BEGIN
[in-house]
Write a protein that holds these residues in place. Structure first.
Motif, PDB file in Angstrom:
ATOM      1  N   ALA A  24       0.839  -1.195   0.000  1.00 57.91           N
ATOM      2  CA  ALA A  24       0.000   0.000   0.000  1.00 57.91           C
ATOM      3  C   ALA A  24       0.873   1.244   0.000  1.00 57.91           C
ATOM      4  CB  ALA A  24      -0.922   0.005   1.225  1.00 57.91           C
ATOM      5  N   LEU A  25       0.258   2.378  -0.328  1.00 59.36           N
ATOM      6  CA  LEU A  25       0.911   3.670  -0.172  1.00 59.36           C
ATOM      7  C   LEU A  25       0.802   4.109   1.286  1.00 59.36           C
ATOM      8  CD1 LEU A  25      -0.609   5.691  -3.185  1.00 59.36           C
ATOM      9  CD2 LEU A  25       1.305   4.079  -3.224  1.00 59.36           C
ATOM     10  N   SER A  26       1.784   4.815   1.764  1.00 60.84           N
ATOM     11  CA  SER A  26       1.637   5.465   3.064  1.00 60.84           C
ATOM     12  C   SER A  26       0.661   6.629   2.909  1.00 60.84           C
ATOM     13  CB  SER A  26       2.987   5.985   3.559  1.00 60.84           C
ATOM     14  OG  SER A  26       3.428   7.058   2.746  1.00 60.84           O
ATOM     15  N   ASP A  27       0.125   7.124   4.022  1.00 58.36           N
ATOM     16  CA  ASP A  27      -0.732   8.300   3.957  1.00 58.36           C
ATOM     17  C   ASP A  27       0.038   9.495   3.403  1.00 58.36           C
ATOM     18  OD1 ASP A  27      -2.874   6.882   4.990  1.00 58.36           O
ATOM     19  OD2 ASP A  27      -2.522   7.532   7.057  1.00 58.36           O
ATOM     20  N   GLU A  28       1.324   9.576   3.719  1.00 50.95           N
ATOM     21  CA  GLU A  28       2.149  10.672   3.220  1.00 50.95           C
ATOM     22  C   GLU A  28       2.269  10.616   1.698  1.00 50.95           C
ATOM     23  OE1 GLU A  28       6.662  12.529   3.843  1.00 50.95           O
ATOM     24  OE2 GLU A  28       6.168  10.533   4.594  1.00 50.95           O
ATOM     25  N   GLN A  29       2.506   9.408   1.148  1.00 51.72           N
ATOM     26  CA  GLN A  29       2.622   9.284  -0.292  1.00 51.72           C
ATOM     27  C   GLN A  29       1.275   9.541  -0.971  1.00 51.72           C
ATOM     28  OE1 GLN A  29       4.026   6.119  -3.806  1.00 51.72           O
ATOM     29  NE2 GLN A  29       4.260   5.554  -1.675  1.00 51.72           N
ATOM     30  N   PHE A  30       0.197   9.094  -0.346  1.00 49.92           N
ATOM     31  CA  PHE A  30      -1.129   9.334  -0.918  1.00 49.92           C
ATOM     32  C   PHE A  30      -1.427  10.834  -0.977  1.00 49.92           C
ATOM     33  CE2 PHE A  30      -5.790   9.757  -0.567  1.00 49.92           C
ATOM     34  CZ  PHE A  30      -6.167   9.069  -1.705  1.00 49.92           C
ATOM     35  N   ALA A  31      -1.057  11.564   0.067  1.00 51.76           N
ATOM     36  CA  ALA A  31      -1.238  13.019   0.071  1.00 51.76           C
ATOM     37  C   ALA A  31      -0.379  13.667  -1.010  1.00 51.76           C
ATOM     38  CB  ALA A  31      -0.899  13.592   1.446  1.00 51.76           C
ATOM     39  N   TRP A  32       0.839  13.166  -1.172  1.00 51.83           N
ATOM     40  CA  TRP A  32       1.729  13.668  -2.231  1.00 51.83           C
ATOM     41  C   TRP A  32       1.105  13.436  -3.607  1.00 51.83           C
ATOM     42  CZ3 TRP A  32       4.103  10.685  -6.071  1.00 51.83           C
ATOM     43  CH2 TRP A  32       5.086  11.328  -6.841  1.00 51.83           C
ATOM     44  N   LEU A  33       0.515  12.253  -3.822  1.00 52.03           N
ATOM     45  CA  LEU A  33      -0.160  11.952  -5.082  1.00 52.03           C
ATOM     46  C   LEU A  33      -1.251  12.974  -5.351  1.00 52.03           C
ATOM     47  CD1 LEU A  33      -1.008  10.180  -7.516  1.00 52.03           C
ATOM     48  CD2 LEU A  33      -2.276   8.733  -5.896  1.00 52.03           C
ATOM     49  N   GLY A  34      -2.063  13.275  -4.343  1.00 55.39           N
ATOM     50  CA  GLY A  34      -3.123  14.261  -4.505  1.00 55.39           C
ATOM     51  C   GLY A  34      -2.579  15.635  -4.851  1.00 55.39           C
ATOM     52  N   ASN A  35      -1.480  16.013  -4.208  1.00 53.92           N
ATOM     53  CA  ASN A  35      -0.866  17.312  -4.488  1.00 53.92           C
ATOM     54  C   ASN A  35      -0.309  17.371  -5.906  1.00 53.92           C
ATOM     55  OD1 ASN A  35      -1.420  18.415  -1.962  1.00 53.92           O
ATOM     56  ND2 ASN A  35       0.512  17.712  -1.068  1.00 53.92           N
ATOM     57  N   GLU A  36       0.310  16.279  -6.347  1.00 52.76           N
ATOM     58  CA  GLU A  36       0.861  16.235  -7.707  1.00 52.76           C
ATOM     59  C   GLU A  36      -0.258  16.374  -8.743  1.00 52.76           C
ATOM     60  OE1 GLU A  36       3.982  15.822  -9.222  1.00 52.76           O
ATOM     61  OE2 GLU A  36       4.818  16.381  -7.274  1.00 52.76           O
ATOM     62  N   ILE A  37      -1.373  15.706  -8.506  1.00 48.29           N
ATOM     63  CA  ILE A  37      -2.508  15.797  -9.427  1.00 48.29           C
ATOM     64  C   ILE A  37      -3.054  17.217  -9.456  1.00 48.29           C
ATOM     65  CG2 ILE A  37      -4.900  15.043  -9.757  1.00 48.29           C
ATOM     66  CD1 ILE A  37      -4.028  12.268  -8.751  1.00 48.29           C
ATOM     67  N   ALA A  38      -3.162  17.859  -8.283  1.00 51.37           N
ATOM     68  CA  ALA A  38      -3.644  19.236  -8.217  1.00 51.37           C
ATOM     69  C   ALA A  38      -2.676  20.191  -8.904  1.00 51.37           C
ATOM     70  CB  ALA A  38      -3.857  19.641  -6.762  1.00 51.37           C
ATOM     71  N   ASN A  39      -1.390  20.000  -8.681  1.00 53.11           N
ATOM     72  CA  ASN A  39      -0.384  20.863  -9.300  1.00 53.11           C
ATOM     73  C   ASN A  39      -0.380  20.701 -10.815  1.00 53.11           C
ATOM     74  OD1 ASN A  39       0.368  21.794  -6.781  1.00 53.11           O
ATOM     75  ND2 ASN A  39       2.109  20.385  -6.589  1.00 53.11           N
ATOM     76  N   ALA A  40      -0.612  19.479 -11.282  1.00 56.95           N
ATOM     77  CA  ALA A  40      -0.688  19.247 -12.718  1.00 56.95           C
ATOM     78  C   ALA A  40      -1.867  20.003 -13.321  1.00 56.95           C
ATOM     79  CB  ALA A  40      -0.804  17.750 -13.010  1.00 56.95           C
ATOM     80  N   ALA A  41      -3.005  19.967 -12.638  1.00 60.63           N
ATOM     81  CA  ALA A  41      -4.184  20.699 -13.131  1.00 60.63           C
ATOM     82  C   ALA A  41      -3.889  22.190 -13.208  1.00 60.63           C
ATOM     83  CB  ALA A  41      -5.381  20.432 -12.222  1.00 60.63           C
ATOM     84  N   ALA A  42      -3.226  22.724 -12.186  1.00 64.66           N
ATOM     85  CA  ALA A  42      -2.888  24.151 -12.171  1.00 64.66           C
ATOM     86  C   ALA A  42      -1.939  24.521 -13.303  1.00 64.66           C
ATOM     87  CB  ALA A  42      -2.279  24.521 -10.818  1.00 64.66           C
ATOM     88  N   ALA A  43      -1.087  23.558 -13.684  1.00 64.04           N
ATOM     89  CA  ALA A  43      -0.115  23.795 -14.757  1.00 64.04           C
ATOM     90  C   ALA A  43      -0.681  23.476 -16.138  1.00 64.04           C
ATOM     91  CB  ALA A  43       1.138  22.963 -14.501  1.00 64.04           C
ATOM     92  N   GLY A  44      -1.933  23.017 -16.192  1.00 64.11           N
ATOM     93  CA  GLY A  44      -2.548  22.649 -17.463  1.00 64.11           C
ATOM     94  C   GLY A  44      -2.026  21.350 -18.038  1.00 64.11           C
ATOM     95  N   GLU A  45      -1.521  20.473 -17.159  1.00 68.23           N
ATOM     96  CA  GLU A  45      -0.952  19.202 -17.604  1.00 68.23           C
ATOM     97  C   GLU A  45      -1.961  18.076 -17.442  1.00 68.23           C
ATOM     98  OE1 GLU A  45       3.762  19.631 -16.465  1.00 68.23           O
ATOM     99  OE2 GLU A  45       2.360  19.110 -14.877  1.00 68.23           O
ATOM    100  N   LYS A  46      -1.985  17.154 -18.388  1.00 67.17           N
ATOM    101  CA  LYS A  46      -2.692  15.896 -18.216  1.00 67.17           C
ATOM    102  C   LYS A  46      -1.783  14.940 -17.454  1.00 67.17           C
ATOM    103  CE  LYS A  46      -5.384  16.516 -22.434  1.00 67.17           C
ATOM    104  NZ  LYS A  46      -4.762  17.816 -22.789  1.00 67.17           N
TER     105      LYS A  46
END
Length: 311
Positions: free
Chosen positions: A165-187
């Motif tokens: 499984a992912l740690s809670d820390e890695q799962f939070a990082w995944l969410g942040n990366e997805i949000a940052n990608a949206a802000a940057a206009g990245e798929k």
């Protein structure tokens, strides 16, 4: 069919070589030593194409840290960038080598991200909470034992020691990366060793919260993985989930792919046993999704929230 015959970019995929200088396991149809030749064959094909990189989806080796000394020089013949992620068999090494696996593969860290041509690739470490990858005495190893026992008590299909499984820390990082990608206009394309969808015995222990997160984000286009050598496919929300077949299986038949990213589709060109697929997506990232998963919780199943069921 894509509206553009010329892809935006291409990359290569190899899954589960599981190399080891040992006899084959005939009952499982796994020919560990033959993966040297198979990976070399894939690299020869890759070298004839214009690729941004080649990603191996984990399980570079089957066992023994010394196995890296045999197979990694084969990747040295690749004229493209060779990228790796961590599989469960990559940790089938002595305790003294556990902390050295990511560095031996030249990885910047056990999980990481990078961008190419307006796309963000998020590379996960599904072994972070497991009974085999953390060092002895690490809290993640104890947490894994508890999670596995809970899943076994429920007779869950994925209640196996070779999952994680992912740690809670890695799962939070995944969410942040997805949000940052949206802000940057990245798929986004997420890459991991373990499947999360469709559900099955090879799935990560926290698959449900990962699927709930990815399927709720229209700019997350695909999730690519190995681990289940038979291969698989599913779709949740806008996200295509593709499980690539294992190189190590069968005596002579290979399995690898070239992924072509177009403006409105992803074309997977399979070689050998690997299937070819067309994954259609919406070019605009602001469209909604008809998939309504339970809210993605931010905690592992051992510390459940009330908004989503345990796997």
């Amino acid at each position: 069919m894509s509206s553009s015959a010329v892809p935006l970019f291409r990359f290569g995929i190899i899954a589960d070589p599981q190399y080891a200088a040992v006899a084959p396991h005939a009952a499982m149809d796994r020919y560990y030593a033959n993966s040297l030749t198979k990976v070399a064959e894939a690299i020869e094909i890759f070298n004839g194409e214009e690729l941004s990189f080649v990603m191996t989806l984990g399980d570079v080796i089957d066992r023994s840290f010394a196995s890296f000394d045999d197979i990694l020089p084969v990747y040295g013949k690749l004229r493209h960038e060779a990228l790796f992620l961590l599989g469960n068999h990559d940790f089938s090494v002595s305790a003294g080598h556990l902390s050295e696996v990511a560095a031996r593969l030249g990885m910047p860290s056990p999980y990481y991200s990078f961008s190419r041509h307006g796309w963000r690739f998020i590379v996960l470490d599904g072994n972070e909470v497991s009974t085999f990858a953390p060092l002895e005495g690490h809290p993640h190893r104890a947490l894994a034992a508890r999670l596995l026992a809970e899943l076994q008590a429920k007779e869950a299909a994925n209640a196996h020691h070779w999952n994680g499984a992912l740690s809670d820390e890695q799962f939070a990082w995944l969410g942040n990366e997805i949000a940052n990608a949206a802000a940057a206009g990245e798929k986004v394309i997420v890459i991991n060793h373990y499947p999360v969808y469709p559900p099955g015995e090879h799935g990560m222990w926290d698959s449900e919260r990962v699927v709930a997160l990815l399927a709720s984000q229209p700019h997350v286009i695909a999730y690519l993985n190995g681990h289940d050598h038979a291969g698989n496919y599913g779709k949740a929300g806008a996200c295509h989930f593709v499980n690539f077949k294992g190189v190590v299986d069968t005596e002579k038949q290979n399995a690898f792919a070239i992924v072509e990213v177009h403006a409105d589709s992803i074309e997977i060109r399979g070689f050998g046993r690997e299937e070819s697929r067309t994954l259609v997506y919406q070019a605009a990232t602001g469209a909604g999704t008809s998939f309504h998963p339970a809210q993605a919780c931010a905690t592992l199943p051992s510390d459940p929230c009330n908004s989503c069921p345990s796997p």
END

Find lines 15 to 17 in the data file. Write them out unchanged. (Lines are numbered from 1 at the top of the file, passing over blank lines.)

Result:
ATOM     12  C   SER A  26       0.661   6.629   2.909  1.00 60.84           C
ATOM     13  CB  SER A  26       2.987   5.985   3.559  1.00 60.84           C
ATOM     14  OG  SER A  26       3.428   7.058   2.746  1.00 60.84           O